By Cindy Hsu

NEW YORK (CBS 2) — Teachers and parents do all they can to keep students from dropping out of school, and now a group of local comedians has joined the fight.

At a comedy and improv class at the Preparatory Academy for Writers, middle and high school students are “laughing it out” as part of a new educational program, reports CBS 2’s Cindy Hsu.

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Students like Adam Mahieddine say the class is a stress reliever like no other.

“In here, you have to get your humor,” Mahieddine said. “Those are your school supplies: your humor, your voice and your energy.”

The weekly class, taught by comedians, is all about interaction and communication, skills that are helping students speak up in all their subjects.

“Even in other classes, like history and English, I can just be confident in my work and I can just go out there and do it,” ninth grader Brianne DeVille said.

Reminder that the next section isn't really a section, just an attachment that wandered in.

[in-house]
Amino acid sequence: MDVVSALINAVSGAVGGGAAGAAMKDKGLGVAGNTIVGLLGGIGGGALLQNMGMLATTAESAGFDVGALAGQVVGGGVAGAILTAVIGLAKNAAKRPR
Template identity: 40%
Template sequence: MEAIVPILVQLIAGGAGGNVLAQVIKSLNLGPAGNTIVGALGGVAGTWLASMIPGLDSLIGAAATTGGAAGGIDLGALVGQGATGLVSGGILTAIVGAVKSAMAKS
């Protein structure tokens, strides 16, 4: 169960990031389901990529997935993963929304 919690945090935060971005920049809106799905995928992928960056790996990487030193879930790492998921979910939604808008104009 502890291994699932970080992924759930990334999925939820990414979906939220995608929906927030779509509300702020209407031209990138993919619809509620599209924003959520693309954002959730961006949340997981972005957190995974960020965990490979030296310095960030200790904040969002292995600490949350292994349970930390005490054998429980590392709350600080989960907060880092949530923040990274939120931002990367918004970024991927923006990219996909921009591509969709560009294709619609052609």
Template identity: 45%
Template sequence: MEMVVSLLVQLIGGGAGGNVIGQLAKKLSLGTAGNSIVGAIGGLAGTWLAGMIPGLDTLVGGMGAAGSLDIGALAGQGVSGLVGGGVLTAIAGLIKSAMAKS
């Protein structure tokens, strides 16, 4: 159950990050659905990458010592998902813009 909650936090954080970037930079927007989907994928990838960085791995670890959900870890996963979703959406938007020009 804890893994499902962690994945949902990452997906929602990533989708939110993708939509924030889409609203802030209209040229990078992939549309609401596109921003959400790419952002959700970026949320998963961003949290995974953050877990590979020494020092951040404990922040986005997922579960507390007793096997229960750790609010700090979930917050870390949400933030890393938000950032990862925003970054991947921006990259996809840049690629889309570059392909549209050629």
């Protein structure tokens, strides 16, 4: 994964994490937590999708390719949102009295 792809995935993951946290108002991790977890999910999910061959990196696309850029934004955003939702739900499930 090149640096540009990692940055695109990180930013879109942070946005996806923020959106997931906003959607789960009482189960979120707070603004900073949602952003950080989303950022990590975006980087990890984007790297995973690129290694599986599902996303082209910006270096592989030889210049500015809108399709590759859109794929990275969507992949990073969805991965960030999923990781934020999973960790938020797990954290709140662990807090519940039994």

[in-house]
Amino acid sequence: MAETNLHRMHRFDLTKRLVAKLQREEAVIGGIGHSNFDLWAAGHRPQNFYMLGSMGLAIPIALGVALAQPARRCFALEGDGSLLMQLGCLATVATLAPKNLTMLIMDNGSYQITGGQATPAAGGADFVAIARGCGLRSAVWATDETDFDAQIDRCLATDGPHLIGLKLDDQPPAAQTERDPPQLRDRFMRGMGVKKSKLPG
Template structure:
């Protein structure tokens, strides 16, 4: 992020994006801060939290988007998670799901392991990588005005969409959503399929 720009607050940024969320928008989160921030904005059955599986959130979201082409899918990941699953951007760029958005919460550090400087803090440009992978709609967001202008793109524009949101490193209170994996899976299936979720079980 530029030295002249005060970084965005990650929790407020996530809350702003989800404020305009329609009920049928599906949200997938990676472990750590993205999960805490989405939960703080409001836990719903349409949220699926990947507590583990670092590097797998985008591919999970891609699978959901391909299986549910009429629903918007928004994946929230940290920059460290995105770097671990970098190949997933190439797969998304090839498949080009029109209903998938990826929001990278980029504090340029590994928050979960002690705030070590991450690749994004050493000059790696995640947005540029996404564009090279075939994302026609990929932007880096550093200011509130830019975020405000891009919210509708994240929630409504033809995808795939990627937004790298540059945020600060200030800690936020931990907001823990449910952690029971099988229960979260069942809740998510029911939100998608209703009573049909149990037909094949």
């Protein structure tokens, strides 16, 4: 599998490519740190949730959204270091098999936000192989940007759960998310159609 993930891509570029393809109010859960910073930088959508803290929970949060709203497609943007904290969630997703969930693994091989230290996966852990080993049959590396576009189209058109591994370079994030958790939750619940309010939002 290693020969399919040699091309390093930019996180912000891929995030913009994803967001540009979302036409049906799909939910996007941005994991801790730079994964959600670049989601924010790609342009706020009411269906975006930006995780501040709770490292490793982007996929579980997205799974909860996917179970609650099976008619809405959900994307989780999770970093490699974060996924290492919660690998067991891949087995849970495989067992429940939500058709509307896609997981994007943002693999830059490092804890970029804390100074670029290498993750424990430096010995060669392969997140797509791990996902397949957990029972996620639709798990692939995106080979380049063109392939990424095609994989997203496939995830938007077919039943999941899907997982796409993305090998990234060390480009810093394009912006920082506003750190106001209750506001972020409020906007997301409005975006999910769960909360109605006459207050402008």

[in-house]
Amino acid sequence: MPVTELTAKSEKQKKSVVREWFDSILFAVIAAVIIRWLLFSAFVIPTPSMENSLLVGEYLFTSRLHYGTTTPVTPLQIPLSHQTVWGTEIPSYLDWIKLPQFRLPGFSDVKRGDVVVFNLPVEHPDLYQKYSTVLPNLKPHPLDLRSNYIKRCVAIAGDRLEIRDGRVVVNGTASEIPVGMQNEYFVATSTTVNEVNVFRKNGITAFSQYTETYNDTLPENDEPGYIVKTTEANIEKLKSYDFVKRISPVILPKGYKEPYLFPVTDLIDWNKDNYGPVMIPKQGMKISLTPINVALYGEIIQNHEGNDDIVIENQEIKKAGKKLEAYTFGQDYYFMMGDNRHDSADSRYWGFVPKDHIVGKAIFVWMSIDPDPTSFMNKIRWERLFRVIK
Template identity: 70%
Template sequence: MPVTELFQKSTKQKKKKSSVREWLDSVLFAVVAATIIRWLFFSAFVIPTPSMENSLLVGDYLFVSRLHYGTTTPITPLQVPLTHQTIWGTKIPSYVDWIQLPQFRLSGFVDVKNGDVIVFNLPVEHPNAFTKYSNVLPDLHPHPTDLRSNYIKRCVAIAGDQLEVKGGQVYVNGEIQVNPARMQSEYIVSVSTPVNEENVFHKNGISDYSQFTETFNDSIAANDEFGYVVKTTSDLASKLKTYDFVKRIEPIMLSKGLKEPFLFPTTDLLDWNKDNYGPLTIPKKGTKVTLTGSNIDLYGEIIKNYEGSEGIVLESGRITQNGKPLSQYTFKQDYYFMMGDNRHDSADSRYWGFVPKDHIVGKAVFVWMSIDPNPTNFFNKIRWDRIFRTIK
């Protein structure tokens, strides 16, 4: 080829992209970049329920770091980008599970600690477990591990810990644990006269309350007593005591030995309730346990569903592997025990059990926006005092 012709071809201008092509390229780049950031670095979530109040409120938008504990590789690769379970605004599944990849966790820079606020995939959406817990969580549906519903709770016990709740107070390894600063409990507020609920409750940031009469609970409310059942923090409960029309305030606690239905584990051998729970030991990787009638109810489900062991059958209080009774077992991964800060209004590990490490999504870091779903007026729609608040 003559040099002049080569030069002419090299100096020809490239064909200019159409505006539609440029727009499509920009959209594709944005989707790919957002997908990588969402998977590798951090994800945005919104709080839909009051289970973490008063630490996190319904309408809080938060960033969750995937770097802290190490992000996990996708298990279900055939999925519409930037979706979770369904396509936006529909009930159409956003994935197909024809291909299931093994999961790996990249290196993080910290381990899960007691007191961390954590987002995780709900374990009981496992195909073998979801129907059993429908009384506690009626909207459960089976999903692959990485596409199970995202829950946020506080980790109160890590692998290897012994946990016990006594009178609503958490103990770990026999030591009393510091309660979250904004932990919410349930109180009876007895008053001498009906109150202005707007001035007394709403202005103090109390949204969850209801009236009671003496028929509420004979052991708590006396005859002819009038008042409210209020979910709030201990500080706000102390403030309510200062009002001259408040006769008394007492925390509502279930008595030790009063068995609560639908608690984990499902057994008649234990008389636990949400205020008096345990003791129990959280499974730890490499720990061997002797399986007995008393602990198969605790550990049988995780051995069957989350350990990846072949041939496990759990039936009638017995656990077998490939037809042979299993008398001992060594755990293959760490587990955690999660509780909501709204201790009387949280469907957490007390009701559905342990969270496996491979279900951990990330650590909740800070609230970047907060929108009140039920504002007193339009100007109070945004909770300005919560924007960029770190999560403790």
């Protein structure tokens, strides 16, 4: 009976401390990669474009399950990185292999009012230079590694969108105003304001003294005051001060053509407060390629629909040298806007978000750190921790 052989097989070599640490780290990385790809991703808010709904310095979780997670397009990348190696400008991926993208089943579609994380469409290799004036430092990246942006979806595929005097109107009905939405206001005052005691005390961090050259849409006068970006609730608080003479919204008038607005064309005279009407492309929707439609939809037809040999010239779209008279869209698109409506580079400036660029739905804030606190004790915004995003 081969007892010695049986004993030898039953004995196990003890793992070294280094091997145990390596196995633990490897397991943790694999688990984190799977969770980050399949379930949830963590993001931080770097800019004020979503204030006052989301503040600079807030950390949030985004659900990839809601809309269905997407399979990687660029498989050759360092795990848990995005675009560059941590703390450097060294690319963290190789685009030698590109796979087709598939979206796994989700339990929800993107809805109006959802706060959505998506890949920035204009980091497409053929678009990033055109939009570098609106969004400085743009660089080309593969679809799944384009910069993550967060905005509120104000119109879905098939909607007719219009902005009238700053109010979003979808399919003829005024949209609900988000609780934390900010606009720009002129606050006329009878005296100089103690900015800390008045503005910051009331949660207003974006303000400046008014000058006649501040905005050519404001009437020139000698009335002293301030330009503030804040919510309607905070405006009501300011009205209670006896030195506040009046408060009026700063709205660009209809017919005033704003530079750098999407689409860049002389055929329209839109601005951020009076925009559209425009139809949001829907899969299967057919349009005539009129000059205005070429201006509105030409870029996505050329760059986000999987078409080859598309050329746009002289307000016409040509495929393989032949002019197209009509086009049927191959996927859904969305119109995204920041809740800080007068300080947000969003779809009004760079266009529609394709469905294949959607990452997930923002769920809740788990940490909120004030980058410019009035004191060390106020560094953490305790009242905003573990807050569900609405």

The Department of Education says New York City’s high school graduation rate is at an all-time high of 63 percent, and Preparatory Academy for Writers Principal Charles Anderson says creative courses like improv are keeping his students engaged and excited about school.

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“Our high school attendance rate is hovering a little above 85 percent,” Anderson said. “We see these students going almost 10 percent better than that, around 95 percent.”

DeVille said at first, getting up in front of her classmates was like hitting a brick wall, but she’s now broken through.

“Once I go to improv and I feel more comfortable with it, it took me out of my comfort zone, and now I feel I can do anything,” she said.

Kadeem Spencer said he’d always been on the shy side, but the classes have shattered that shell.

“Just making people laugh just makes me feel better, so I feel good all the time,” he said.

Along with the students, teachers are also using improv games amongst themselves. Principal Anderson said that’s helping his staff get along better than ever, and they’re having a lot of fun.

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The program is funded through grants and private donations. So far it’s been implemented in three New York City public schools, and may expand to 20 by next fall.

Cindy Hsu